Why Should You Invest in Mobile Advertising?

Mobile is a channel that app advertisers cannot overlook. The reason: Mobile app advertising gives you the flexibility (and control) to maximize the number of profitable, high-quality installs within a given CPA. But there’s a recipe for success:

High-quality creative assets, strategic and focused targeting, advanced analytics, and continual iteration.

Before we get into the details of how to plan a mobile ad campaign that exceeds KPIs, let’s go over the terminology and types of mobile ads you’ll need to understand in order to effectively navigate the complexities of the mobile advertising ecosystem.


The Mobile App Advertising Glossary

CPC: Cost-Per-Click A metric that tracks the amount an advertiser is paying per click for an ad. This term is used in both web and mobile advertising.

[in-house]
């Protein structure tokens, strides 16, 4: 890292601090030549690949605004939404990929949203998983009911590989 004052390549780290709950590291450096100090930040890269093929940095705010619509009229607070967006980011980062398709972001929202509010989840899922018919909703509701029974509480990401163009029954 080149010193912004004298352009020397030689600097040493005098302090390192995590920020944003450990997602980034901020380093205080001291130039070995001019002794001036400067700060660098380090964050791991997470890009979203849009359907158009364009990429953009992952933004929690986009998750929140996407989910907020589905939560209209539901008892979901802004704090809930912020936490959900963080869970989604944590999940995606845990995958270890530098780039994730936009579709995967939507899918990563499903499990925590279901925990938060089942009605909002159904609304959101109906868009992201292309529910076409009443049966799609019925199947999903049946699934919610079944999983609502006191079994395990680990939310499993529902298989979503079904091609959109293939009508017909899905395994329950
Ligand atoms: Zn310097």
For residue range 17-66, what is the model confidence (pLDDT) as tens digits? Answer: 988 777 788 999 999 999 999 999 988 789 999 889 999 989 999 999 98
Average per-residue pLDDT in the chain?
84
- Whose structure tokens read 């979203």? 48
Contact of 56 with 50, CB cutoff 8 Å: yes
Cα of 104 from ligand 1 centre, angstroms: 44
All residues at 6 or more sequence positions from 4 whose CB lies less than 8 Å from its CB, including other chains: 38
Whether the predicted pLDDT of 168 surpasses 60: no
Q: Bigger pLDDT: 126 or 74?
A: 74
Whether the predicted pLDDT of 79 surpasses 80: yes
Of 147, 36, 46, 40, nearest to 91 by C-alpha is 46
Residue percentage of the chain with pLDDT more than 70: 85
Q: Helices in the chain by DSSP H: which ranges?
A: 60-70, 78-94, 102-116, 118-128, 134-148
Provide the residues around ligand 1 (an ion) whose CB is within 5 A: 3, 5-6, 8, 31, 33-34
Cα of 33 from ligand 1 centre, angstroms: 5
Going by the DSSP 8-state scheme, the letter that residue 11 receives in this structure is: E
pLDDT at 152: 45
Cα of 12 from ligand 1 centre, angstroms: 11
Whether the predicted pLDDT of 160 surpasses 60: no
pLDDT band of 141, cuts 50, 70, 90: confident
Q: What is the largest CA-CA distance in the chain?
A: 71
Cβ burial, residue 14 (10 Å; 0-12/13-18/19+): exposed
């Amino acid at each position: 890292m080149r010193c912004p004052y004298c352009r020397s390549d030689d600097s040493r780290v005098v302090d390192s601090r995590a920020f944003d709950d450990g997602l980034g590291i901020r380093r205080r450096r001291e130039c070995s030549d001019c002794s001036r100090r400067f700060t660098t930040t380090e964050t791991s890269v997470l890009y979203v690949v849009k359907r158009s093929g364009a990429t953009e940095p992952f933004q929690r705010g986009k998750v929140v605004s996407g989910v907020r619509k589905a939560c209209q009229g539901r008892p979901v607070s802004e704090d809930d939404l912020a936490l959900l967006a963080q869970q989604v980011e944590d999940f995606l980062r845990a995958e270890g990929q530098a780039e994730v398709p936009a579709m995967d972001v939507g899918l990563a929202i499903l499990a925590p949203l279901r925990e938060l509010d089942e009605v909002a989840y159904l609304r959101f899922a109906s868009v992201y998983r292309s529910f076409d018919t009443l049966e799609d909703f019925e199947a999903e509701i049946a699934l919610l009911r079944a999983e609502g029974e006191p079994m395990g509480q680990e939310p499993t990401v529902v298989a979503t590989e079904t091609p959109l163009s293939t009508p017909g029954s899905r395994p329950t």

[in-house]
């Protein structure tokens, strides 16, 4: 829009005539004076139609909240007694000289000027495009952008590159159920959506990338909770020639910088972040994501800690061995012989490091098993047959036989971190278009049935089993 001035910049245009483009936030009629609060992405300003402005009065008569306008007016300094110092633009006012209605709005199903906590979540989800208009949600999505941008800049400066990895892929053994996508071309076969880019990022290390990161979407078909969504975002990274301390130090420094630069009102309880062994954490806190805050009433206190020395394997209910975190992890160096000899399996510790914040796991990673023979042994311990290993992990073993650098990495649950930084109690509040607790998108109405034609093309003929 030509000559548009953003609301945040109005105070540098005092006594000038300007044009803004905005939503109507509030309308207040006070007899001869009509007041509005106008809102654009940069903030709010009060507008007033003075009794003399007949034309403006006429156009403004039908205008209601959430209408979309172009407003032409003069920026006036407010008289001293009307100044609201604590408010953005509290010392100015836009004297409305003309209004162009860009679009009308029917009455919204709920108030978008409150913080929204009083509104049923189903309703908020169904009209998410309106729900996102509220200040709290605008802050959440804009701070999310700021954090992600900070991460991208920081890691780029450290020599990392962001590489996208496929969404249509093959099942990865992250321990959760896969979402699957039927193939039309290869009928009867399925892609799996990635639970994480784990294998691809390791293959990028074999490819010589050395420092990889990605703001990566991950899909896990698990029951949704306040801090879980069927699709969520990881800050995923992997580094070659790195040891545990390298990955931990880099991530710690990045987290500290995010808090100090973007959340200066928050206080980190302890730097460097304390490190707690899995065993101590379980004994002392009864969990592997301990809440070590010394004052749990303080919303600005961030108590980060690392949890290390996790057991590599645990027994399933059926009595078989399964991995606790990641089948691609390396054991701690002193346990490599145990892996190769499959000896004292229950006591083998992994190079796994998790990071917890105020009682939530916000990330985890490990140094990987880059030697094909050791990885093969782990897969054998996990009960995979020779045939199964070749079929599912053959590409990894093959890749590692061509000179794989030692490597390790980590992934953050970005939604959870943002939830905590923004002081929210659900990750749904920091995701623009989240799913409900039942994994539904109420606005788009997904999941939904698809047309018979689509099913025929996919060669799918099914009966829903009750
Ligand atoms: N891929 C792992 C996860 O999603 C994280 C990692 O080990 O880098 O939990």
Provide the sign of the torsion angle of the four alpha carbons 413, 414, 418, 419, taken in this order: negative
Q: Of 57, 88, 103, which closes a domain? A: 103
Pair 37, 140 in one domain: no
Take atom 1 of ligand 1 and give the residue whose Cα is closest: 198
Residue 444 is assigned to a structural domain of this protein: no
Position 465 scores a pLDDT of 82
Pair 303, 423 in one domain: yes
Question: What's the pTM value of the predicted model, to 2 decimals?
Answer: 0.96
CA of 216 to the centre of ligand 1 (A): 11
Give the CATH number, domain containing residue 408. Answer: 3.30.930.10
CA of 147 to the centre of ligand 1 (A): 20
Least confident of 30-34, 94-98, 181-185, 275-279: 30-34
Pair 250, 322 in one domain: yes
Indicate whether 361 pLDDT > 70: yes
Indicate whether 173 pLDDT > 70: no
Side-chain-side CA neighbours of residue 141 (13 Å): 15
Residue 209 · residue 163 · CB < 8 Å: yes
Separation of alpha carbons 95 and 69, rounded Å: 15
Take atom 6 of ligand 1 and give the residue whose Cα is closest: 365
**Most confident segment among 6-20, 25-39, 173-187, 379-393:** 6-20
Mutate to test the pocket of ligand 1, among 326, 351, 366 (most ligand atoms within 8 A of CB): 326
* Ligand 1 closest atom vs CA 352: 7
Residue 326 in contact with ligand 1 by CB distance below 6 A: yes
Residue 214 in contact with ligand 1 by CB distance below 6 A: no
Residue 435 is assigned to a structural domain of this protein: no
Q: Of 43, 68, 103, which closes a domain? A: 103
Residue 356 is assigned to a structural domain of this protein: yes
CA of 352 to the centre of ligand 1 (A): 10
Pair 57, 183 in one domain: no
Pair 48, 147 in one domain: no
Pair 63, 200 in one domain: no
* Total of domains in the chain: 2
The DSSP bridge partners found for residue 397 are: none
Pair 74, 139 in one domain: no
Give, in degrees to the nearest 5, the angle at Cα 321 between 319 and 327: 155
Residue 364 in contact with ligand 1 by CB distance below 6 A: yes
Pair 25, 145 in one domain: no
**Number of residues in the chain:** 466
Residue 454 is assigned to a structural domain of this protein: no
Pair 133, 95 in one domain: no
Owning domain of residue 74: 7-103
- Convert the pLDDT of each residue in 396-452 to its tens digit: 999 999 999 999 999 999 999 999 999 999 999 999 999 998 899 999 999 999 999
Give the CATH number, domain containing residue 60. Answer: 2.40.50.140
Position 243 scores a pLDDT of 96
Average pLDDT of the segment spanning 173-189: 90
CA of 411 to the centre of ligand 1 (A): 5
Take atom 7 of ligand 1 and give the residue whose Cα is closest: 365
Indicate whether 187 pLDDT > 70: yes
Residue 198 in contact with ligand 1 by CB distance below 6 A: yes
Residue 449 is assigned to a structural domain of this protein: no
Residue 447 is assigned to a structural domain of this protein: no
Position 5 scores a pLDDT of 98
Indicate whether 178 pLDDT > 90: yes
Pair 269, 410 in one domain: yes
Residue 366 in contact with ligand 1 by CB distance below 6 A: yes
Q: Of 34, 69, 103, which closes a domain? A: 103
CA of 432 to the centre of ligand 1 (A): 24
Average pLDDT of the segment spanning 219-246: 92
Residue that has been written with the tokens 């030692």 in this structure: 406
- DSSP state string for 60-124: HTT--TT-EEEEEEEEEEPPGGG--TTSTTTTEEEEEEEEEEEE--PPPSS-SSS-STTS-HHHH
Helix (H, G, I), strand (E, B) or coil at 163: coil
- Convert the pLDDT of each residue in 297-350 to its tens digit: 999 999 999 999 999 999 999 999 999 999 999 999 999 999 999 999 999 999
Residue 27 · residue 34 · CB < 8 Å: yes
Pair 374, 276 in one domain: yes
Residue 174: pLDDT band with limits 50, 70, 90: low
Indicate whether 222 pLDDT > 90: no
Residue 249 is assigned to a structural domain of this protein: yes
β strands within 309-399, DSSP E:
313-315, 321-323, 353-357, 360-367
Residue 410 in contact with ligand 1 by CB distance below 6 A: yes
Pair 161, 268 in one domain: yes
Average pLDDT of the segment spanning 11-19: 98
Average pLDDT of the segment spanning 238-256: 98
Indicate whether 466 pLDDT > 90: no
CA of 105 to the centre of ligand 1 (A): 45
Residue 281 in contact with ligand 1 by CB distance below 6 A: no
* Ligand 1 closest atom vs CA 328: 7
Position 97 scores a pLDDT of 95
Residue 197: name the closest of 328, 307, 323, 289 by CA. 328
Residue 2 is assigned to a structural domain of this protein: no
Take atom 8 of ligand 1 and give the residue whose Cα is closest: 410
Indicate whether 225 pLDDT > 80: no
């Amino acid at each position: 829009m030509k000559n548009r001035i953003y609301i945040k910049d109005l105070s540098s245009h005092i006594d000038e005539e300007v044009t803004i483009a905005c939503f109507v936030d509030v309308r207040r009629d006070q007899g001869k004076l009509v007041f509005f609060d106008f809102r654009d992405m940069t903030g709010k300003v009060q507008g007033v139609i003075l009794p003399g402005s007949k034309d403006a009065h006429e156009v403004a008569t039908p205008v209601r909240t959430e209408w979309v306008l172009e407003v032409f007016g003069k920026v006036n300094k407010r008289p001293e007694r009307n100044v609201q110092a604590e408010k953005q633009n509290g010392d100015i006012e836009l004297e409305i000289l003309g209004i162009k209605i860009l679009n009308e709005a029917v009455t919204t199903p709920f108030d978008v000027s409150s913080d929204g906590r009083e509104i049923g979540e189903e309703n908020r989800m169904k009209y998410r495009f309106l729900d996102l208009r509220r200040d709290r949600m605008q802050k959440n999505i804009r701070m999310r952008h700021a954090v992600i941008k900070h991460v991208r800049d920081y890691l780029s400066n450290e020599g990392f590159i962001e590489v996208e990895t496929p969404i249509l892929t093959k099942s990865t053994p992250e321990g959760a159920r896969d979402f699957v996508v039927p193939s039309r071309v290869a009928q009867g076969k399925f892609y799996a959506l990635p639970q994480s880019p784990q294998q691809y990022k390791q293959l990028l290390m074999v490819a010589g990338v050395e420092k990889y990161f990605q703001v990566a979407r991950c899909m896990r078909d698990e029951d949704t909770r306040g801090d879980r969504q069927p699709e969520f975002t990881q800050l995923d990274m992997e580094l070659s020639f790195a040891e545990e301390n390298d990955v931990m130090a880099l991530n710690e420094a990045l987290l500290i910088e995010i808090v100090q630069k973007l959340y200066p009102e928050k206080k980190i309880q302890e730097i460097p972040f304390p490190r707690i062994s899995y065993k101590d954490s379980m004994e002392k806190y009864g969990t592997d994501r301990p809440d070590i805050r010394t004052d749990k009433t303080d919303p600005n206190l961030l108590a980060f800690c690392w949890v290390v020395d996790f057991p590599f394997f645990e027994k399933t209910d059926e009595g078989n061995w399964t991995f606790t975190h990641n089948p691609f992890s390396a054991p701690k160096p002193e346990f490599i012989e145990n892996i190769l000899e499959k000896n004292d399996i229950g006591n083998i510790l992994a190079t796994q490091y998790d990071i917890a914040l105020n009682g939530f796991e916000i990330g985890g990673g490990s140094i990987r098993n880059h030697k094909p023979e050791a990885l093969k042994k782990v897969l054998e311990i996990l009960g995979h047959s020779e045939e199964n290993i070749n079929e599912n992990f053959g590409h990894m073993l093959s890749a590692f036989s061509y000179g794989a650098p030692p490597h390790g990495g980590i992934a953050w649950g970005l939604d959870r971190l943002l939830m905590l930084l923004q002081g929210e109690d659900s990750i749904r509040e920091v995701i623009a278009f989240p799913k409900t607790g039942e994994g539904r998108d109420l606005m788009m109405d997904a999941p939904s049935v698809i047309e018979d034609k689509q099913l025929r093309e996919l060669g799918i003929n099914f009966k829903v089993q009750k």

PPC: Pay-Per-Click Another term for cost-per-click, pay-per-click is a model in which an advertiser pays a fee each time their ad is clicked. PPC is commonly associated with search engine advertising (like Google Search Ads).
CPI: Cost-Per-Install In CPI campaigns, advertisers pay a fee each time their application is installed after a user clicks an ad. Publishers place digital ads across a range of media to drive installations of the advertised mobile app. The cost-per-install is determined by dividing the ad spend by a specific period of time by the number of new installs from that same period.
CPA: Cost-Per-Action Advertisers who want to optimize their ad campaigns for a specific user action, like app installs/sign-ups, add-to-carts, or purchases, will analyze the effectiveness of each campaign by the cost it takes to drive those user actions – or the CPA. Cost-Per-Action is calculated by dividing the overall cost of the campaign by the total number of user actions.